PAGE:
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Big Oil, Bad Air
February 19, 2014 8:24 PM   Subscribe

Here's a multi-media webpage (text and photos, plus scroll down for the enlightening and well-made video) that spells out what's going on right now down Texas way: Fracking the Eagle Ford Shale of South Texas.
posted by flapjax at midnite (36 comments total) 9 users marked this as a favorite

 
Removing the teeth of the EPA has left residents unprotected and companies with little to no oversight. A stronger EPA would benefit everyone, the environment would be protected and companies would be better received in the localities in which they work. Norway has a good model, why not borrow from them?
posted by arcticseal at 8:58 PM on February 19


Important PeopleTM don't live near the fracking, so poisonous air and the ill health of a million people doesn't count for shit.

That's the new reality: if you're not a brazillionaire, you can fuck right off and die.
posted by five fresh fish at 10:15 PM on February 19 [4 favorites]


Arcticseal, that is not how the world works. This is the US of America, and other countries are welcome to copy our way of living. But there is no place out there in the world we could learn something from. This is God's country, he gave us the oil, and he will take care of us when the oil is gone and all life is dead. Amen.

Sorry for being such a cynical ass. Reading this article and looking at the satellite pictures brought tears to me eyes. The map is dotted with barren squares of land, a few tanks and a road leading to it. I feel sick to my stomach.
posted by nostrada at 11:41 PM on February 19 [3 favorites]


Little is known about six of the facilities, because they don't have to file their emissions data with the state.

THE FUCK?

Those three facilities also are allowed to release 142 tons of nitrogen oxides, 95 tons of carbon monoxide, 19 tons of sulfur dioxide, 8 tons of particulate matter and 0.31 tons of hydrogen sulfide per year

Also: THE FUCK?

Only five permanent air monitors are installed in the 20,000-square-mile region,

See above.

The Buehrings complained to the TCEQ in 2012, prompting investigators to check out several Marathon Oil facilities near their home. At one point the emissions were so high, the investigators wrote in their report, that they “evacuated the area quickly to prevent exposure.”

Seriously? I'm assuming this is Marathon's Sugarkane field, but it really doesn't matter.

I cannot believe you allow flaring in the US, much less this sort of thing. We had a few trace BTEX readings in some water monitoring bores in Queensland and the State Government at the time (the Bligh Government) SHUT DOWN ALL THE THINGS. THE UCG industry has never recovered, and has largely left Queensland,

You can deal with H2S in the wellbore. It costs, and I am not sure how, but I can't see any need to release it or any toxic chemical into the atmosphere. You deal with your NOx and SOx and what have you in situ or, if you can't, you don't produce the well.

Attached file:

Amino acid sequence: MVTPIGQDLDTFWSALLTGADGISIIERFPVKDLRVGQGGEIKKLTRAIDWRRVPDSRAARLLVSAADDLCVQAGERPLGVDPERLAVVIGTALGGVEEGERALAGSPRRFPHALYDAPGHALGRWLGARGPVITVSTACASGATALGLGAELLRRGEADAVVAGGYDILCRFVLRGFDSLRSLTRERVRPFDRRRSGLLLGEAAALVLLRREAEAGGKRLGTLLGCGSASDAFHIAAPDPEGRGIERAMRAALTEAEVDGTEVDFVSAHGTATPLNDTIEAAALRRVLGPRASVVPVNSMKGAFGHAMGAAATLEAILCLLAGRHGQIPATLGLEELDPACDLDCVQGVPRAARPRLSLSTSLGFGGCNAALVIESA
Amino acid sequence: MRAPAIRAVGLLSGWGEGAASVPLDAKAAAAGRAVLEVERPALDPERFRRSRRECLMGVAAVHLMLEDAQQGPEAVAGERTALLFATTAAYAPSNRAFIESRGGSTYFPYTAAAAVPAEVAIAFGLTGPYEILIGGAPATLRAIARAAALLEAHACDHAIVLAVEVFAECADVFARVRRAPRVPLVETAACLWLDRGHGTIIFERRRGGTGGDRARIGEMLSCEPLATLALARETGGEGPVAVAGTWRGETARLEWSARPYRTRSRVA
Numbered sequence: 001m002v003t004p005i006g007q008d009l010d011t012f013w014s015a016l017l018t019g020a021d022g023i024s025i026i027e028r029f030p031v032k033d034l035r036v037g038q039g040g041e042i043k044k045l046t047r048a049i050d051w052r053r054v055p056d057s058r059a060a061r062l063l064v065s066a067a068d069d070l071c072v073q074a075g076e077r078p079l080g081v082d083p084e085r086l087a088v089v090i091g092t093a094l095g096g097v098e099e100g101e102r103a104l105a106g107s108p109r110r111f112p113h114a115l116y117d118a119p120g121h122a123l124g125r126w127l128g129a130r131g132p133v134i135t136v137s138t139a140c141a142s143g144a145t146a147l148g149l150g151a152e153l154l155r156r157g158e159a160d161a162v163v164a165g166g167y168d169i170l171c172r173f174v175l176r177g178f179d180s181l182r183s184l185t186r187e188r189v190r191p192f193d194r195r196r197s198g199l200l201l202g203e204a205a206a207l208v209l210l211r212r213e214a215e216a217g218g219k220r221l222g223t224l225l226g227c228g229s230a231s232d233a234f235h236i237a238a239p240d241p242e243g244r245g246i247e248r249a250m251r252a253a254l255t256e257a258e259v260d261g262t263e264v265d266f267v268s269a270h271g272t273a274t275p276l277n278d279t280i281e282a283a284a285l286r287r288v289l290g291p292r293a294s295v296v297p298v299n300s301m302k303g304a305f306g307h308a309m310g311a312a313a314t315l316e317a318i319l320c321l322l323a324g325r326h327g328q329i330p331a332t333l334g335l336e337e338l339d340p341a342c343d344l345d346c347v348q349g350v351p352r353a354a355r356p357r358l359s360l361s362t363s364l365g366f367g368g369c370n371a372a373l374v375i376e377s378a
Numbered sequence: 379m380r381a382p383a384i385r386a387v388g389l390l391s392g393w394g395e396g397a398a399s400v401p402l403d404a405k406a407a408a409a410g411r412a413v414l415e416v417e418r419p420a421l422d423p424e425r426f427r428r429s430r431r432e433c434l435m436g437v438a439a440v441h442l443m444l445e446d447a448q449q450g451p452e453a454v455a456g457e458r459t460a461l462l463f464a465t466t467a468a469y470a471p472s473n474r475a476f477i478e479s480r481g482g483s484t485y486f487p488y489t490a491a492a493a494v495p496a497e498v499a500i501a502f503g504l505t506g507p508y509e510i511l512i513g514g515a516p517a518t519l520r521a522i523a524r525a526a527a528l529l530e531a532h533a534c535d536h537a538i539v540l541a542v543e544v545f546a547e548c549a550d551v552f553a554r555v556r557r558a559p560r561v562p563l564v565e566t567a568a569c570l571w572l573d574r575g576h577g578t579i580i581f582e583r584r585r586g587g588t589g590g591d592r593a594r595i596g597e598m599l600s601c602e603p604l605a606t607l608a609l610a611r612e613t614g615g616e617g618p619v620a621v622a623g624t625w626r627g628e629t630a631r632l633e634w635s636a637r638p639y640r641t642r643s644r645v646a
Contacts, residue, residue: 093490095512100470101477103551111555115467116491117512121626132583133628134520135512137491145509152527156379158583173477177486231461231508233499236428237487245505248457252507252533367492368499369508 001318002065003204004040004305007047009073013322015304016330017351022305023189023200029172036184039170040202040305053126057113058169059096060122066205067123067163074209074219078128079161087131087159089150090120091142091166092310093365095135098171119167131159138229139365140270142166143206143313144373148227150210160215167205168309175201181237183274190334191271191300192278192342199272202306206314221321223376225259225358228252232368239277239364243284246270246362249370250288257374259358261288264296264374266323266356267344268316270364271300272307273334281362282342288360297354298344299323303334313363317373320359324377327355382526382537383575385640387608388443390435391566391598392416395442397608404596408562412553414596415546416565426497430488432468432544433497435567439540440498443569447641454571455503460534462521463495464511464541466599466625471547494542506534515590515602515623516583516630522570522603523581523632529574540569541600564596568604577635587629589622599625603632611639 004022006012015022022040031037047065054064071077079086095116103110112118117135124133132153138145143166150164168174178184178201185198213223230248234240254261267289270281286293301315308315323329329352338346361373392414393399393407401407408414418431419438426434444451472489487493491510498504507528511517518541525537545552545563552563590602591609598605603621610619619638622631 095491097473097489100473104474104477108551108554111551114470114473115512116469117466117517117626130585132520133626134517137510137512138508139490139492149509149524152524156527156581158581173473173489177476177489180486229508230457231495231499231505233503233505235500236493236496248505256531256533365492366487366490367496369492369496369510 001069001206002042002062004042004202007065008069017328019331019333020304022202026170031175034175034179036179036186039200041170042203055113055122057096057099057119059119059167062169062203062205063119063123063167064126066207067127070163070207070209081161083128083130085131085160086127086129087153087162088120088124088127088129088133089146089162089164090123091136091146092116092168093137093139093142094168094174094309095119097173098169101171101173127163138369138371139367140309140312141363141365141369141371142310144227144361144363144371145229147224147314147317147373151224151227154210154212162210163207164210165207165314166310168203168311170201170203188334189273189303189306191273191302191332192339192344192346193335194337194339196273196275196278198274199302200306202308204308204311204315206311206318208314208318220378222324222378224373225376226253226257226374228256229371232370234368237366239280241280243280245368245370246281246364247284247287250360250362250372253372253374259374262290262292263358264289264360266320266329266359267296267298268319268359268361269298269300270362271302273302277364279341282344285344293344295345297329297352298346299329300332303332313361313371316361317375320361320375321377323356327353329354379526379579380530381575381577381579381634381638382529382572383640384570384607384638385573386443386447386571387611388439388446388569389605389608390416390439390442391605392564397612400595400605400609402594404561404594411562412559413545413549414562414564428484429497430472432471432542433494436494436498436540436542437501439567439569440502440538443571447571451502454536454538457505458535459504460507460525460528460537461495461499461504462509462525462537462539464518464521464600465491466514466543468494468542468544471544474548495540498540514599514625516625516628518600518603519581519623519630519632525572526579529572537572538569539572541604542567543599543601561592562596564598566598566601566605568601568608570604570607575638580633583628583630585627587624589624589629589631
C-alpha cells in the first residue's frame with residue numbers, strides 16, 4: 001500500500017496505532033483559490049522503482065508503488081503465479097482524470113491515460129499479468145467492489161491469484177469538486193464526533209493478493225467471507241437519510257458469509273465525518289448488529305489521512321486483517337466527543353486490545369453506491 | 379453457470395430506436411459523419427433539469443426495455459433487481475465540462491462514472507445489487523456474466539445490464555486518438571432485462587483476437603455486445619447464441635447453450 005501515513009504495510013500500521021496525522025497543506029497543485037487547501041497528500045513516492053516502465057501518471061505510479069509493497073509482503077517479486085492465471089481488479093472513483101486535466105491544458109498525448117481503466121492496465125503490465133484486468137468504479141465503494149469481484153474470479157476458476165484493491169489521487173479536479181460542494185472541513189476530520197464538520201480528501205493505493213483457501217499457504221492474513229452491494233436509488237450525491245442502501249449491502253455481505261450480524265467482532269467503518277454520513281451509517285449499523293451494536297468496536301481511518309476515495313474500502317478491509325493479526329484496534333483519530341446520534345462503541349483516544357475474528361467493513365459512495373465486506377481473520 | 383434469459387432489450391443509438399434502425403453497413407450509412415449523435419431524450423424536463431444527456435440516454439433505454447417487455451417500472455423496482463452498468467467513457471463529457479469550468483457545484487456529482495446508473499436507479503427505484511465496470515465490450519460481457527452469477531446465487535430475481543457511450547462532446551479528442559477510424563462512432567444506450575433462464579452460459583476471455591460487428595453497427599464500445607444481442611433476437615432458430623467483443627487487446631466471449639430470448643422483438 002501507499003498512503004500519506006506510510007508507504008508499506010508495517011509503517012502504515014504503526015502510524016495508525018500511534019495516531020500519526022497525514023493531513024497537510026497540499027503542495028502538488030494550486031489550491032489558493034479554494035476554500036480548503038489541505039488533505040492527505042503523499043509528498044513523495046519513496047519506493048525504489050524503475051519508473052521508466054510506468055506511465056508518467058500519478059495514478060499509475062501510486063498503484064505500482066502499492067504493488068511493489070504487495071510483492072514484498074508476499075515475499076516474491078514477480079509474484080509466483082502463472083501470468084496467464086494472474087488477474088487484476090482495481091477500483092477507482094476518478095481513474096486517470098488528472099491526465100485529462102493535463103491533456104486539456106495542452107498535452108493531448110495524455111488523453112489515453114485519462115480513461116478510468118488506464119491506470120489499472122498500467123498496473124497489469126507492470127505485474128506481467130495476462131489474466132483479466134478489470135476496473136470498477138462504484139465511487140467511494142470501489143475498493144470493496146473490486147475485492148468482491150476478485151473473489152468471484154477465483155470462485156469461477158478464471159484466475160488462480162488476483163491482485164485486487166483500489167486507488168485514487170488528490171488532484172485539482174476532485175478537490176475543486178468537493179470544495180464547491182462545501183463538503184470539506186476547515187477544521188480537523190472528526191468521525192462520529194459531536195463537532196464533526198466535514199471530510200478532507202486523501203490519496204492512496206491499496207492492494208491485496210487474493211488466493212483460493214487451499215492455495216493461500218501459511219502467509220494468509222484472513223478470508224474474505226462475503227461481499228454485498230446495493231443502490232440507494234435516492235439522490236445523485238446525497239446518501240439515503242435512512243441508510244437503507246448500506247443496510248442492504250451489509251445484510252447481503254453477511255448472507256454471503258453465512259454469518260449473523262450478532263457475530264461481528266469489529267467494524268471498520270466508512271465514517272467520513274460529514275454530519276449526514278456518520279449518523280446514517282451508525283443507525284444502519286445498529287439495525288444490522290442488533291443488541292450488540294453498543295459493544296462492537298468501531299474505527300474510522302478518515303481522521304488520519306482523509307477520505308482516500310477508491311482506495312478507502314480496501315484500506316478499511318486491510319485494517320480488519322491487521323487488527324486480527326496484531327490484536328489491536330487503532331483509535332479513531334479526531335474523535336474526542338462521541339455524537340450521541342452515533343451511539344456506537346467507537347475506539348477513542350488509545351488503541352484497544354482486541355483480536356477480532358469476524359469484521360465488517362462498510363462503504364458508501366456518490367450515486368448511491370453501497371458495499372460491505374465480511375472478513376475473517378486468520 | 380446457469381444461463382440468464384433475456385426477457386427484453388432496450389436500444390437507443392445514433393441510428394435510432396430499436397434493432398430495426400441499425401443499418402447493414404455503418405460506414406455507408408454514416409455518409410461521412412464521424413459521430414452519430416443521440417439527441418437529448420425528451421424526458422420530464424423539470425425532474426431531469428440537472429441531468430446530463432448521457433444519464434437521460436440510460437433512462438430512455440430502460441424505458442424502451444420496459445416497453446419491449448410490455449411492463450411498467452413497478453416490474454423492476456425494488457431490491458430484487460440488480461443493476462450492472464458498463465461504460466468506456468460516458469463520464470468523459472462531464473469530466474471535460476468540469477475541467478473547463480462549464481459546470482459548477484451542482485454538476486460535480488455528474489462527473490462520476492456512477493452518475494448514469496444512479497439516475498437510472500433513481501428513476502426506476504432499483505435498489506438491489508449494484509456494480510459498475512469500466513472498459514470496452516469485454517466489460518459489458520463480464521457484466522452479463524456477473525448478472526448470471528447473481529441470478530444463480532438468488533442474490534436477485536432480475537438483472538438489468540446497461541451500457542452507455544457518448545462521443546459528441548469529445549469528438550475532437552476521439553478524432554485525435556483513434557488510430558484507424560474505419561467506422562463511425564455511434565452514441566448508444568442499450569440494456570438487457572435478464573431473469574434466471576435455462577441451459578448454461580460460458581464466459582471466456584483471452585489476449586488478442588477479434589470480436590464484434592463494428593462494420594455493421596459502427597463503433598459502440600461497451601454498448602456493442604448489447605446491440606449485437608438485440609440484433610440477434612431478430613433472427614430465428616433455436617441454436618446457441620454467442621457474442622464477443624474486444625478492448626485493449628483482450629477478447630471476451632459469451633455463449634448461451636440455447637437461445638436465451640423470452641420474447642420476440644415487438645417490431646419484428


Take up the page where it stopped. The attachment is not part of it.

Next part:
This is only going to get worse. Marathon is now trialling 40 acre spacing in the Eagle Ford, and is talking about moving down to 20-acres eventually (down from 160 acres per well in 2010). And that's just for the Eagle Ford. They're also testing the Austin Chalk and the Pearsall Shale beneath the Eagle Ford (and the play is extending to the East where it is known as the Woodbine or Eaglebine. And into Louisiana where it's known as the Tuscoloosa Marine Shale.

The fact that Texas allows this just astounds me. I'm not surprised given how much money is involved.
posted by Mezentian at 12:57 AM on February 20 [7 favorites]


well, in Pennsylvania we're considering coating our roads with fracking waste instead of rock salt, so we're joining Texas in the stupid corner.
posted by angrycat at 2:15 AM on February 20


I am not even sure how there is waste from fraccing, unless you mean produced water, because it tends to be saline and might be good for saltiness. But you might want to know what's in the fraccing chemicals.
posted by Mezentian at 2:49 AM on February 20


Produced water from fracking - or O&G drilling in general - is waste. It can be reused and treated but it eventually becomes waste as liquid or sludge. It more than just salt and fracking chemicals. Brines, flowback fluids and drill cuttings from the Marcellus Shale in Pennsylvania contain heavy metals, some of them radioactive.
posted by tommyD at 3:48 AM on February 20 [1 favorite]


Most of the world would be better off if they copied everything from Norway.
posted by blue_beetle at 4:24 AM on February 20 [6 favorites]


Produced water from fracking - or O&G drilling in general - is waste

Yes, but it is toxic.
Why the fuck in fuckendom would you spray that stuff on roads?
I mean, why not just offer it to kids and fairyfloss?

Drill cuttings are minimal. We might be at that point where I am assuming you core a well versus create waste and that's bad (because we're nowhere near that point yet) but I* assime drill cuttings are minimal, and dealt with if they have heavy metals, as would be sensible.
Is the Marcellus Shale different? Do you have handy links?

some of them radioactive.